The Bureau of Labor Statistics (BLS) projects that many entry-level criminal justice careers should experience above-average growth between 2016 and 2026, including paralegal and forensic science technician careers.
The Bureau of Labor Statistics (BLS) projects that many entry-level criminal justice careers should experience above-average growth between 2016 and 2026, including paralegal and forensic science technician careers. Graduates with a bachelor's degree can also enter other exciting careers, like policing, corrections, or mediation. Criminal justice professionals can work in law enforcement agencies, courtrooms, law firms, correctional facilities, and bail companies.
Some entry-level criminal justice jobs only require associate degrees, which means that candidates with bachelor's degrees stand out as highly qualified applicants. With some experience, professionals with bachelor's degrees find work as managers and high-level law enforcement officers.
Each year, colleges and universities award about 59,581 bachelor's diplomas in criminal justice-related fields. Comparatively few people earn master's and doctoral degrees in the subject, as the chart below demonstrates.
What is the Minimum Education Needed to Work in Criminal Justice
While some entry-level criminal justice jobs only require a high school diploma or associate degree, a graduate degree stands out in the crowded job market. Higher-paying employers often seek candidates with at least a bachelor's degree in criminal justice. A bachelor's degree also allows professionals to pursue graduate diplomas, which enables them to work in the highest levels of criminal justice, including as attorneys and judges.
Criminal justice programs give candidates valuable skills, like evidence analysis, investigation, and critical thinking. Students develop these skills in courses on criminal law, corrections procedures, victimology, criminal psychology, and evidence in investigations.
Bachelor's in Criminal Justice
While criminal justice programs offer different specialties and benefits, they have a few commonalities. For example, most programs require learners to earn 120 credits, which typically takes four years. Students can often transfer general education credits from previously attended accredited schools, which shortens this timeline.
|Time to Complete||4 years|
|Average Cost||$26,120 per year|
|Available Online and In Person?||Yes|
|Average Criminal Justice Salary||$54,000|
Top Entry-Level Jobs in Criminal Justice
Graduates find work in legal firms, law enforcement agencies, and government bodies. While job types vary, they all rely on investigation skills and an understanding of the criminal justice system. While some organizations hire candidates with less education, many prefer applicants with a bachelor's degree in criminal justice.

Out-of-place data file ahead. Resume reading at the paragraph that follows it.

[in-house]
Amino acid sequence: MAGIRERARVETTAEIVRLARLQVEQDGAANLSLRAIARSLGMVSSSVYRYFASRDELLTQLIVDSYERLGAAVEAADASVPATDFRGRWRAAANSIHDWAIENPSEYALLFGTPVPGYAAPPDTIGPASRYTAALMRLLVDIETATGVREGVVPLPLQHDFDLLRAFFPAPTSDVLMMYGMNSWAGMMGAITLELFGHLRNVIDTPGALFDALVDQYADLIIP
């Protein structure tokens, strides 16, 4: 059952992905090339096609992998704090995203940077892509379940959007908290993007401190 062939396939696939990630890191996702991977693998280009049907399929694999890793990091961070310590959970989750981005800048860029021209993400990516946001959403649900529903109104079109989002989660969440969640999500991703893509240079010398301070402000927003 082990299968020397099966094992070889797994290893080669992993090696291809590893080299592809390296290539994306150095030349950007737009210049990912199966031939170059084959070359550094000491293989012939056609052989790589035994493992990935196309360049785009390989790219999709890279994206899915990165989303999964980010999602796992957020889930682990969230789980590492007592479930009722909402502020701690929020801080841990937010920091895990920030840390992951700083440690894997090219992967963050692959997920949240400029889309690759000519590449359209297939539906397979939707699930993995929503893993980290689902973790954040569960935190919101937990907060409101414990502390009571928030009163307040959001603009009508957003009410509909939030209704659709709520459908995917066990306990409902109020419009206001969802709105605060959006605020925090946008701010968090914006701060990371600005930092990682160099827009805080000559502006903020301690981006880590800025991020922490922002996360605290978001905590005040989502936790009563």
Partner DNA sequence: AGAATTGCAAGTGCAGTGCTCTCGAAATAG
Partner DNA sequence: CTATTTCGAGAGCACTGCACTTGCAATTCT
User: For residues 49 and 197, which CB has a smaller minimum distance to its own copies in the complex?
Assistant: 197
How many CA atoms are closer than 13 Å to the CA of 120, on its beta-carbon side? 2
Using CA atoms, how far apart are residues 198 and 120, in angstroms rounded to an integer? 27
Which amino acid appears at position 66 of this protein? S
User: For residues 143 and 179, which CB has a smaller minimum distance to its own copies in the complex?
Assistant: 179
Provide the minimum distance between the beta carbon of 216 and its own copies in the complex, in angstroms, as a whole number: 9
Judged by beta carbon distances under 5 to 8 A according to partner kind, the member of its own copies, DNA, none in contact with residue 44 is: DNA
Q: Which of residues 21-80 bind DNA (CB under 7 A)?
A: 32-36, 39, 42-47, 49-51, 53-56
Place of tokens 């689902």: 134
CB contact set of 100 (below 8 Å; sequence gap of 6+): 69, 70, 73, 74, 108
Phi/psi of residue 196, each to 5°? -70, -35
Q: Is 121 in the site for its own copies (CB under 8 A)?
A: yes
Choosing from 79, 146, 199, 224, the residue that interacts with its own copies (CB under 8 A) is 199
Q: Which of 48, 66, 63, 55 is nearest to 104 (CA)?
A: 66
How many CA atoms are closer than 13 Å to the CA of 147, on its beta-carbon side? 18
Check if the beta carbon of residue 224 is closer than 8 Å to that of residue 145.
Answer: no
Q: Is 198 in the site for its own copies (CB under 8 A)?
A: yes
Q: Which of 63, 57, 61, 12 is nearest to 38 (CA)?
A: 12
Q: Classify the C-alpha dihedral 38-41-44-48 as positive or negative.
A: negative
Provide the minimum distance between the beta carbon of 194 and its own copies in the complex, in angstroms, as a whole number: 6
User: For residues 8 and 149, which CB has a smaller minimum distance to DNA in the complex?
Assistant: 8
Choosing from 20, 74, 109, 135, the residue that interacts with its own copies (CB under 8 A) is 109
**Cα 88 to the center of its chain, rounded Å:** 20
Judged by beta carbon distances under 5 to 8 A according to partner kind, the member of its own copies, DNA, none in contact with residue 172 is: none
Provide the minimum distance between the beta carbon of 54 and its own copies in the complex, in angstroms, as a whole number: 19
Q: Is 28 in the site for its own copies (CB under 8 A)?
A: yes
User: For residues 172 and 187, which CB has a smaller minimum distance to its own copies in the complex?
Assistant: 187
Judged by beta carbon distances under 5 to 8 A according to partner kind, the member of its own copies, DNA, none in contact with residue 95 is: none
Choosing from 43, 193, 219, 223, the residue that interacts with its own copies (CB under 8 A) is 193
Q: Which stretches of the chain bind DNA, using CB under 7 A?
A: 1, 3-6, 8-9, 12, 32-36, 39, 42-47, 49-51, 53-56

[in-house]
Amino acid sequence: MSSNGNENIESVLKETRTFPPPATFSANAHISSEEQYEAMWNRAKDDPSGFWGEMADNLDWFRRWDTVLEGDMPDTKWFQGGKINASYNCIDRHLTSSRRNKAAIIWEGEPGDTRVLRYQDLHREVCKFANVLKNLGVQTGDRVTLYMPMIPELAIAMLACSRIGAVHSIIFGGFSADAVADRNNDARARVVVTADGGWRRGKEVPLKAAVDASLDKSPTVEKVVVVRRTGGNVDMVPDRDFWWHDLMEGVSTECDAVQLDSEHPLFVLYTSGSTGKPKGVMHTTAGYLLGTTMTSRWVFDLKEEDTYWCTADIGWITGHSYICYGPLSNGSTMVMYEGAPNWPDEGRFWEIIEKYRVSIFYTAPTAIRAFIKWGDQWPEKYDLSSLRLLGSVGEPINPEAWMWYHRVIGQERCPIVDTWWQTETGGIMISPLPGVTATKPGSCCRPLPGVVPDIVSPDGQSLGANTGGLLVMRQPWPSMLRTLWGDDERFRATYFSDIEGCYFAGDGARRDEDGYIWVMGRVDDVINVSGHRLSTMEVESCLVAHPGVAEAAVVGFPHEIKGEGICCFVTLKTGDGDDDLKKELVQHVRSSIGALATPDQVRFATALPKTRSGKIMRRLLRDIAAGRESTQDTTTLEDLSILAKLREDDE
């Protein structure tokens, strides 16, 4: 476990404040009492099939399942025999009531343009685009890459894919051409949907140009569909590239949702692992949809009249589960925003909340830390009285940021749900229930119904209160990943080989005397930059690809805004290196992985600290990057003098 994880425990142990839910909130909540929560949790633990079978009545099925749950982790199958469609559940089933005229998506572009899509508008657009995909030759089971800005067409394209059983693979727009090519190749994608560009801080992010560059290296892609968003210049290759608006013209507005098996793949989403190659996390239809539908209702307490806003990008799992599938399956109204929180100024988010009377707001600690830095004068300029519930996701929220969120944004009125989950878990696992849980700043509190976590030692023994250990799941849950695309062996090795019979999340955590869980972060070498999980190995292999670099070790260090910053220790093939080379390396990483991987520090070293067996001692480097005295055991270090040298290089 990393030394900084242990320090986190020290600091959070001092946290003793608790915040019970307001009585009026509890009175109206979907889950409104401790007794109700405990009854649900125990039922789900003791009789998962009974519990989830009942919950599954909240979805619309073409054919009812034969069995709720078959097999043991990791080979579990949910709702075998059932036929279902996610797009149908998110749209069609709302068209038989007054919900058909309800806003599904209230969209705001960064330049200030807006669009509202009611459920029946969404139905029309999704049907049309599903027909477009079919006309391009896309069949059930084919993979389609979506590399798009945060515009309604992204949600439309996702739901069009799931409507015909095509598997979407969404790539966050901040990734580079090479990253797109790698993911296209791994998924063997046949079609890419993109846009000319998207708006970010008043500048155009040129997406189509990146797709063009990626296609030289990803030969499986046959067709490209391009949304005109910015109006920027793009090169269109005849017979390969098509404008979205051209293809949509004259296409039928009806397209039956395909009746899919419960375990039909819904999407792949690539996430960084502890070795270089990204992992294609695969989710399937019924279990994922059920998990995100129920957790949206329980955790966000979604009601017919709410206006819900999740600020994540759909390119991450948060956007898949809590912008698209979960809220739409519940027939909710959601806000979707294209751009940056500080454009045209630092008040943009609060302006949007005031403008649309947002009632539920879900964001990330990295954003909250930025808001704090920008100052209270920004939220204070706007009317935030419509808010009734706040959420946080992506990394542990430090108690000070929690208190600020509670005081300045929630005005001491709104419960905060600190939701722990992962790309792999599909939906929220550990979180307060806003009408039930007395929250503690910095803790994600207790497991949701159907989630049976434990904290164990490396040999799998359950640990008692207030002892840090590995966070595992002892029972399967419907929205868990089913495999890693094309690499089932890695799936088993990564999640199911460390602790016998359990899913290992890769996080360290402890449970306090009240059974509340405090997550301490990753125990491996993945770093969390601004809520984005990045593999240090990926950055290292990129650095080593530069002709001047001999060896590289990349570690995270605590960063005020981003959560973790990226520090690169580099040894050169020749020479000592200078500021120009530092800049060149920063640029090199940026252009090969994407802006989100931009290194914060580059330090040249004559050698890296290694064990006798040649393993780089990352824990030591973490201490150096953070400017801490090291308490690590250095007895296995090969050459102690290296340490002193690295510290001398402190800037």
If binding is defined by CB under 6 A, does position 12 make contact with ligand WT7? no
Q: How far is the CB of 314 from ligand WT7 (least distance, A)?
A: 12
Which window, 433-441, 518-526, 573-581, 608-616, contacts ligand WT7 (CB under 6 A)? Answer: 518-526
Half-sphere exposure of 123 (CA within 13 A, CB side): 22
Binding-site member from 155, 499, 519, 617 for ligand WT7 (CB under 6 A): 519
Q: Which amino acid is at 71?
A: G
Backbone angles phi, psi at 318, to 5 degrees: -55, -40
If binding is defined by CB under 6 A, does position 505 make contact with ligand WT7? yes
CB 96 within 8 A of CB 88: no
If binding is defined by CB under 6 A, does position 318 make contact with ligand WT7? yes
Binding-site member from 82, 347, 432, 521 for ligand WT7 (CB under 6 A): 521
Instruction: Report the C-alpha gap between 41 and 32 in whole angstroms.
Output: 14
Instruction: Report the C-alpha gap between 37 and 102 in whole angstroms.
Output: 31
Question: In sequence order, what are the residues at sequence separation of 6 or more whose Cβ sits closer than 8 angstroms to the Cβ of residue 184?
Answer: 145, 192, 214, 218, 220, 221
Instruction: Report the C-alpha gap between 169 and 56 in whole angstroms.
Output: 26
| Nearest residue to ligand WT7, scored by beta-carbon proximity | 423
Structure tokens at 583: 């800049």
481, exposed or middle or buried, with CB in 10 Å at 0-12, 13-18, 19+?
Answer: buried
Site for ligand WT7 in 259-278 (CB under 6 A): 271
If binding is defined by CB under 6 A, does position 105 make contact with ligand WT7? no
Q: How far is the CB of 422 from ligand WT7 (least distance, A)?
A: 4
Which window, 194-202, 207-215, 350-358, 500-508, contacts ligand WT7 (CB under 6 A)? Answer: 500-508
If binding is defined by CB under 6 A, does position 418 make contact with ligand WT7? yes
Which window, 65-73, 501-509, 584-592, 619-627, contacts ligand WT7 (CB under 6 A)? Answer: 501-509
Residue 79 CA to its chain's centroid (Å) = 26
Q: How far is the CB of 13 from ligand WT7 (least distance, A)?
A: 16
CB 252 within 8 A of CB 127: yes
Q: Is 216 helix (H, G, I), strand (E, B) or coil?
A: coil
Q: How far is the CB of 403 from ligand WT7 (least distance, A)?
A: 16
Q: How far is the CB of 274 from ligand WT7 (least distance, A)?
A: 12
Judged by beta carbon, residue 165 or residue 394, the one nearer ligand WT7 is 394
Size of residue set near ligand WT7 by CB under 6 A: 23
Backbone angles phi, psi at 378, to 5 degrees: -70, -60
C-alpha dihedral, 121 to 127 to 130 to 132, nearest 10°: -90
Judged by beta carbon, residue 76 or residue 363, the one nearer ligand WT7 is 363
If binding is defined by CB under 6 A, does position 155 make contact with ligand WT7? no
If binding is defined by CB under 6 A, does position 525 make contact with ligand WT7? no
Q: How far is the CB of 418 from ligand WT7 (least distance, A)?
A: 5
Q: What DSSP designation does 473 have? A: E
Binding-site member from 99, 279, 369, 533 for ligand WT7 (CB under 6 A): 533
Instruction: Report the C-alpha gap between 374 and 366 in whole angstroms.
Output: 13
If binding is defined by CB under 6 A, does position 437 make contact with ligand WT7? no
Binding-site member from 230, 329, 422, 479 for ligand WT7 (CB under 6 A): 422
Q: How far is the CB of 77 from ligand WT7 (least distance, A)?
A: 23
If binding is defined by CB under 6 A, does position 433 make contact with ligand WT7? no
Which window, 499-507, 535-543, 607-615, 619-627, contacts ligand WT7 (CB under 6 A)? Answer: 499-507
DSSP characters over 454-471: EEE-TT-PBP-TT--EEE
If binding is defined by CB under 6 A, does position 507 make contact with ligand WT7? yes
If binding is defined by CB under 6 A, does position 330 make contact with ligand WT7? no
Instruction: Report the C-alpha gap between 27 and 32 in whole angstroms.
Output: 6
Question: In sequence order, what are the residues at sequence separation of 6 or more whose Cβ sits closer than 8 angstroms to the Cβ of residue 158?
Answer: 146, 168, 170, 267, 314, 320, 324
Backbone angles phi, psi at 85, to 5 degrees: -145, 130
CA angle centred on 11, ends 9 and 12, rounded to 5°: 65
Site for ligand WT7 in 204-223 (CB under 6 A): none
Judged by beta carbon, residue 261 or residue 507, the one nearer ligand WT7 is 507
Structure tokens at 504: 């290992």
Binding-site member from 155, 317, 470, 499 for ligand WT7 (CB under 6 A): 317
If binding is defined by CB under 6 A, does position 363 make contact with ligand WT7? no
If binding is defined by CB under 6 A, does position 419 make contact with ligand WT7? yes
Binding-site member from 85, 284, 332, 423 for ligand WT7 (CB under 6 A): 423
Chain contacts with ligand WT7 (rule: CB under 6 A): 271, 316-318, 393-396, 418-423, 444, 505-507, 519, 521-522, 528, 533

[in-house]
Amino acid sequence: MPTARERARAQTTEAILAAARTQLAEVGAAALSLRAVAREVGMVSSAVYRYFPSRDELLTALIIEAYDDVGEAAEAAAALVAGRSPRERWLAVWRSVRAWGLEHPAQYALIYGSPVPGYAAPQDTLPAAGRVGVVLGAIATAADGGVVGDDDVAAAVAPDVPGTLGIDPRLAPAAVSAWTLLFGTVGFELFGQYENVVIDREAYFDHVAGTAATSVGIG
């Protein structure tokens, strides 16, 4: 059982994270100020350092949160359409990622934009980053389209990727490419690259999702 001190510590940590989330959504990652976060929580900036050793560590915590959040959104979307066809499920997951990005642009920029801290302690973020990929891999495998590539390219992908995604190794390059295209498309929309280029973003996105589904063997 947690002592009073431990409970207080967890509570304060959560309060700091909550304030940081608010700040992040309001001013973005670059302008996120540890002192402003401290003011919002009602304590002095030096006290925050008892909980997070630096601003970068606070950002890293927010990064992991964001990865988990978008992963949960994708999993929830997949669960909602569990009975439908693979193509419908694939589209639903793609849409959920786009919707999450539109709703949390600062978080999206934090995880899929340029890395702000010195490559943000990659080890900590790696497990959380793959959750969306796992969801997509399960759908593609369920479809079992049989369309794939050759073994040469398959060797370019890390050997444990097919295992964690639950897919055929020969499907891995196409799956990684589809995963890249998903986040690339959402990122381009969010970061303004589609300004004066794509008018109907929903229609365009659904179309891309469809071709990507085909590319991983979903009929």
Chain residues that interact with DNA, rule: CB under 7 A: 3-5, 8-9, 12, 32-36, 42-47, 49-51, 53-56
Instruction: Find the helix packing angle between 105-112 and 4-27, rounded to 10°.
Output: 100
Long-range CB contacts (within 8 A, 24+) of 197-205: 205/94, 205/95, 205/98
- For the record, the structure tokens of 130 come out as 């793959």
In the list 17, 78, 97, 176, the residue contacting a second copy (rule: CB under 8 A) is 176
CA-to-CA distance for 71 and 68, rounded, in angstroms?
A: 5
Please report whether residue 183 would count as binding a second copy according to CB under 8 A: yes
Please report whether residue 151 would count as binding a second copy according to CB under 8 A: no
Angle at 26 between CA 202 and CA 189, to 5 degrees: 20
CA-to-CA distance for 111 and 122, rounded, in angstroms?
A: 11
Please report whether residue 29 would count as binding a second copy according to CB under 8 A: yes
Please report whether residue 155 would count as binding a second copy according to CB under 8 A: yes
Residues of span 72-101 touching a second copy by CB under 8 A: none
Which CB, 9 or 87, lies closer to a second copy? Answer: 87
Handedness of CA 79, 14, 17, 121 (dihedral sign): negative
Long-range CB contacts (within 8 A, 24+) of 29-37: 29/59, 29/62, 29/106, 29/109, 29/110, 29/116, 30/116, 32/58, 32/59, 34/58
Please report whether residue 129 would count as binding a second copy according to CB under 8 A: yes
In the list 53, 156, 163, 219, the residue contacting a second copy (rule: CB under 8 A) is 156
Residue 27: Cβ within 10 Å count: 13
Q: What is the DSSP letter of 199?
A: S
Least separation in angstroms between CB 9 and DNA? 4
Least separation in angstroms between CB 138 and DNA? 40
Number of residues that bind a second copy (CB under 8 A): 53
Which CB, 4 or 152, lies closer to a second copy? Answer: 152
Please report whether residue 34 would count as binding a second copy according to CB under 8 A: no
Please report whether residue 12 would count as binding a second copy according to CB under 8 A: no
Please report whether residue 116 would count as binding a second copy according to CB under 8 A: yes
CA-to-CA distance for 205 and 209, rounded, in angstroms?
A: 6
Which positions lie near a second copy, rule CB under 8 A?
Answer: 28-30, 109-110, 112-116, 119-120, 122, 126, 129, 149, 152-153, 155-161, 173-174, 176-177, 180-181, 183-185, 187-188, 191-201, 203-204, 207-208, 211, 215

Paralegals and legal assistants work alongside lawyers in every legal field. Their duties include gathering evidence about cases, researching relevant laws, maintaining files, organizing evidence, and interviewing interested parties. While some firms hire candidates with associate degrees, many require applicants to hold bachelor's degrees.
Police and Detective
Police and detective careers require graduates to attend several weeks of specialized training during their time at the police academy. Police officers enforce laws, write traffic tickets, and arrest suspects in their jurisdictions. Detectives analyze evidence and investigate crimes. Law enforcement agencies sometimes require candidates to hold bachelor's degrees.
Arbitrator, Mediator, and Conciliator
Arbitrators, mediators, and conciliators act as a neutral third party in legal disputes. They help invested parties come to agreements without taking their grievances to court. These professionals must have bachelor's degrees, understand civil law, and boast strong communication skills.
Emergency Management Director
Government agencies and hospitals hire emergency management directors to plan for and minimize the risk of disasters. Criminal justice career paths that lead to this position usually start with entry-level positions, like police officer. With a bachelor's degree and emergency experience, candidates gain the skills they need to keep people safe during disasters.
Forensic Science Technician
Forensic science technicians analyze evidence from crime scenes to help detectives find criminals. They collect on-site evidence and conduct tests in dedicated laboratories. Some technicians specialize in specific types of evidence. Most jurisdictions require professionals to hold a bachelor's degree with a concentration in forensic science.
Explore a Bachelor's Degree in Criminal Justice
Top universities offer options for students who want to enter any area of criminal justice, including police work, paralegal services, and forensics. Learners choose between several concentrations and online options. Before enrolling, prospective degree candidates should research the best criminal justice programs for their career goals.
Explore Criminal Justice Careers
People interested in criminal justice can explore career options at every level. Graduates with an associate, bachelor's, or master's degree can pursue criminal justice career options like bailiff or lawyer. This resource allows prospective students to explore career options by state or degree type.